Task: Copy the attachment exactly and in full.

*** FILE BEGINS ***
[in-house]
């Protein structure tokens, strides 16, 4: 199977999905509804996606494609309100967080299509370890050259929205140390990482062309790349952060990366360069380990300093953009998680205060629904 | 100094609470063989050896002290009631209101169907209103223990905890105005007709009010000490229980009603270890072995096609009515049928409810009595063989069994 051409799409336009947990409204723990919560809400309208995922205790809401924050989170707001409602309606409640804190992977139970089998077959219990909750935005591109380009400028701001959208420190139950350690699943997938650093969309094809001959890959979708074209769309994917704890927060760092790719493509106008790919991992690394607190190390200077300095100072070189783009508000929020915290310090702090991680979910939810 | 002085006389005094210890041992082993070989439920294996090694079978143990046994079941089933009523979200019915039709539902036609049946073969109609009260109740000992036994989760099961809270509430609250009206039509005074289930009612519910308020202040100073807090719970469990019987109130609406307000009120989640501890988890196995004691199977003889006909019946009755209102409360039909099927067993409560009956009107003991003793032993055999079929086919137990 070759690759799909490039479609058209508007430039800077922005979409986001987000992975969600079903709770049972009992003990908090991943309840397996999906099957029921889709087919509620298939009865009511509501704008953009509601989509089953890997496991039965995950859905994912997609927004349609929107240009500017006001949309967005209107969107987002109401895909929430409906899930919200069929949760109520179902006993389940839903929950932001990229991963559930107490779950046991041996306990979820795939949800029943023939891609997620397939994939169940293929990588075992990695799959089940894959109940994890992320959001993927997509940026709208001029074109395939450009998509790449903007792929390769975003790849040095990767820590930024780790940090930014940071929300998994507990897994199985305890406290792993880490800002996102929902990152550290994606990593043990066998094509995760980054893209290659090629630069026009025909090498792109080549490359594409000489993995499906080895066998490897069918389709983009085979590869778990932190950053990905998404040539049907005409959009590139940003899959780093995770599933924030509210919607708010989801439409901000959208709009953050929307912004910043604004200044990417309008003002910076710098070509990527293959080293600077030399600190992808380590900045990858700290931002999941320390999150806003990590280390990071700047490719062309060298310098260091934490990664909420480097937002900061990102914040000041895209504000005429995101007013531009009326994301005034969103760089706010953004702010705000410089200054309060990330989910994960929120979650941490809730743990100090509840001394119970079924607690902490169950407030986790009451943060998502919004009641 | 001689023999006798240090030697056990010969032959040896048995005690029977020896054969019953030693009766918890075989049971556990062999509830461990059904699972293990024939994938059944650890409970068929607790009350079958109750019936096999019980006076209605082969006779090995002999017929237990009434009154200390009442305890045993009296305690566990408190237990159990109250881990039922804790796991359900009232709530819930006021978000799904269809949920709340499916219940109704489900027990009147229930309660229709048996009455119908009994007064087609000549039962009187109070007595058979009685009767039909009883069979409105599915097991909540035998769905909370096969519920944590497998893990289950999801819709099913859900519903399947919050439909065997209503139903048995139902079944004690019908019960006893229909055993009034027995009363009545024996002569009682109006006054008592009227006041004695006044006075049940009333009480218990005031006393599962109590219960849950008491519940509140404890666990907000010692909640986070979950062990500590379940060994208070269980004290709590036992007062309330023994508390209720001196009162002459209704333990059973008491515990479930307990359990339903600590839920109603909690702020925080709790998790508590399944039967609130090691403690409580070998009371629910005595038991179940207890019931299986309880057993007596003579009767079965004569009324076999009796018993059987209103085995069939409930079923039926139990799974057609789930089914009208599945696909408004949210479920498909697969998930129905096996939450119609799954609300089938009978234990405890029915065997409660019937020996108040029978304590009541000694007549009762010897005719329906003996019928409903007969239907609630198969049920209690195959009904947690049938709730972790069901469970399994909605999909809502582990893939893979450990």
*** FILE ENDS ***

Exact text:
[in-house]
């Protein structure tokens, strides 16, 4: 199977999905509804996606494609309100967080299509370890050259929205140390990482062309790349952060990366360069380990300093953009998680205060629904 | 100094609470063989050896002290009631209101169907209103223990905890105005007709009010000490229980009603270890072995096609009515049928409810009595063989069994 051409799409336009947990409204723990919560809400309208995922205790809401924050989170707001409602309606409640804190992977139970089998077959219990909750935005591109380009400028701001959208420190139950350690699943997938650093969309094809001959890959979708074209769309994917704890927060760092790719493509106008790919991992690394607190190390200077300095100072070189783009508000929020915290310090702090991680979910939810 | 002085006389005094210890041992082993070989439920294996090694079978143990046994079941089933009523979200019915039709539902036609049946073969109609009260109740000992036994989760099961809270509430609250009206039509005074289930009612519910308020202040100073807090719970469990019987109130609406307000009120989640501890988890196995004691199977003889006909019946009755209102409360039909099927067993409560009956009107003991003793032993055999079929086919137990 070759690759799909490039479609058209508007430039800077922005979409986001987000992975969600079903709770049972009992003990908090991943309840397996999906099957029921889709087919509620298939009865009511509501704008953009509601989509089953890997496991039965995950859905994912997609927004349609929107240009500017006001949309967005209107969107987002109401895909929430409906899930919200069929949760109520179902006993389940839903929950932001990229991963559930107490779950046991041996306990979820795939949800029943023939891609997620397939994939169940293929990588075992990695799959089940894959109940994890992320959001993927997509940026709208001029074109395939450009998509790449903007792929390769975003790849040095990767820590930024780790940090930014940071929300998994507990897994199985305890406290792993880490800002996102929902990152550290994606990593043990066998094509995760980054893209290659090629630069026009025909090498792109080549490359594409000489993995499906080895066998490897069918389709983009085979590869778990932190950053990905998404040539049907005409959009590139940003899959780093995770599933924030509210919607708010989801439409901000959208709009953050929307912004910043604004200044990417309008003002910076710098070509990527293959080293600077030399600190992808380590900045990858700290931002999941320390999150806003990590280390990071700047490719062309060298310098260091934490990664909420480097937002900061990102914040000041895209504000005429995101007013531009009326994301005034969103760089706010953004702010705000410089200054309060990330989910994960929120979650941490809730743990100090509840001394119970079924607690902490169950407030986790009451943060998502919004009641 | 001689023999006798240090030697056990010969032959040896048995005690029977020896054969019953030693009766918890075989049971556990062999509830461990059904699972293990024939994938059944650890409970068929607790009350079958109750019936096999019980006076209605082969006779090995002999017929237990009434009154200390009442305890045993009296305690566990408190237990159990109250881990039922804790796991359900009232709530819930006021978000799904269809949920709340499916219940109704489900027990009147229930309660229709048996009455119908009994007064087609000549039962009187109070007595058979009685009767039909009883069979409105599915097991909540035998769905909370096969519920944590497998893990289950999801819709099913859900519903399947919050439909065997209503139903048995139902079944004690019908019960006893229909055993009034027995009363009545024996002569009682109006006054008592009227006041004695006044006075049940009333009480218990005031006393599962109590219960849950008491519940509140404890666990907000010692909640986070979950062990500590379940060994208070269980004290709590036992007062309330023994508390209720001196009162002459209704333990059973008491515990479930307990359990339903600590839920109603909690702020925080709790998790508590399944039967609130090691403690409580070998009371629910005595038991179940207890019931299986309880057993007596003579009767079965004569009324076999009796018993059987209103085995069939409930079923039926139990799974057609789930089914009208599945696909408004949210479920498909697969998930129905096996939450119609799954609300089938009978234990405890029915065997409660019937020996108040029978304590009541000694007549009762010897005719329906003996019928409903007969239907609630198969049920209690195959009904947690049938709730972790069901469970399994909605999909809502582990893939893979450990």